Let $\mathcal A$ be the category of finitely generated modules over $A[t]$ and $\mathcal B$ be its subcategory of modules which is annihilated by some power of $t$. Then I want to show that quotient category $\mathcal A/B$ is equivalent to the category of finitely generated modules over $A[t, t^{-1}]$, where $A$ is Noetherian ring.

If $M \in \mathcal B$, suppose $t^{n}.M = 0$ in that case I can define the action of $\frac{1}{1-t}$ to be the action of $1 + t + ... + t^{n-1}$. But how will I define the action of $\frac{1}{t}$? Any help would be great.


This is only partial answer.It seems that you should consider the localization functor.

Denote $\mathcal C$ the category of finite generated $A[t,t^{-1}]$ modules.Consider the localization funtor $L:\mathcal A\rightarrow \mathcal C$ which maps $M$ to $M_t$.

https://stacks.math.columbia.edu/download/homology.pdf#nameddest=02MN lemma 9.7 is well-known:Let $F:D\rightarrow E$ be an exact functor between two $Abelian$ categories. If $D_1$ is $Serre$ subcateogry of $D$.Then $D=KerF$ iff the induced functor $\bar F:D/D_1\rightarrow E$ is faithful.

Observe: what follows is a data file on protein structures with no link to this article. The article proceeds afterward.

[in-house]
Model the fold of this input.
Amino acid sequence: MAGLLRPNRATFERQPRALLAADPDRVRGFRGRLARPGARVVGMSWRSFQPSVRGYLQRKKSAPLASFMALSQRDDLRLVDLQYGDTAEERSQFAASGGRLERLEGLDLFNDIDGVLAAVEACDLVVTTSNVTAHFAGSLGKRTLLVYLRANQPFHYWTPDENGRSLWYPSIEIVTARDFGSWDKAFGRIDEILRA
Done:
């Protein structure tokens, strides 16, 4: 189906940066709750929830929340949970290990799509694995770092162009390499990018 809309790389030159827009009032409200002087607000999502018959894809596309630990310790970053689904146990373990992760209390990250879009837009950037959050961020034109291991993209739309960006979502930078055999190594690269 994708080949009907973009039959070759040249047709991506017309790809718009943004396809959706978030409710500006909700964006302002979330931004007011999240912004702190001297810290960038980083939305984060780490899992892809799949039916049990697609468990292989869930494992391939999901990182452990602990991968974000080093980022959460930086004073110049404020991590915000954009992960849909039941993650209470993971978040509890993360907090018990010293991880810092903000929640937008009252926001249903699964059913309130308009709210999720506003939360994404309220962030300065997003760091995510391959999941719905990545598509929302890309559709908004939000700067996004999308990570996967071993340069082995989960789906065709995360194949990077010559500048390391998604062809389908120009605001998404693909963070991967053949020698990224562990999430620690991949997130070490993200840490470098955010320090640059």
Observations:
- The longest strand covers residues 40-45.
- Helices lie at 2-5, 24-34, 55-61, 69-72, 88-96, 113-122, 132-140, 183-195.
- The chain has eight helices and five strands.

In your question $\mathcal B=KerL$, hence $\mathcal{A/B}\rightarrow C$ is faithful. Can we do better?

Consider the category of modules. Denote $\hat{\mathcal A}$ the category of $A[t]$ modules and $\hat{\mathcal C}$ the category of $A[t,t^{-1}]$ modules, consider the localization functor $l:\hat{\mathcal A}\rightarrow \hat{\mathcal C}$.Since the forgetful functor is fully faithful, we know $\hat{\mathcal A}/\hat{\mathcal B}\rightarrow \hat{\mathcal C}$ is equivalence (here we denote $Kerl=\hat{\mathcal B}$).http://www.numdam.org/article/BSMF_1962__90__323_0.pdf

Since $\mathcal A\rightarrow \hat{\mathcal A}$ and $\mathcal C\rightarrow \hat{\mathcal C}$ are fully faithful.We know:

$\mathcal{A/B}\rightarrow C$ is fully faithful if and only if the natural functor $\mathcal{A/B}\rightarrow \hat{\mathcal A}/\hat{\mathcal B}$ is fully faithful.

It is easy to check that $\mathcal{A/B}\rightarrow \hat{\mathcal A}/\hat{\mathcal B}$ is faithful. But it seems that it is not full. In fact, I can not prove this or give an example.


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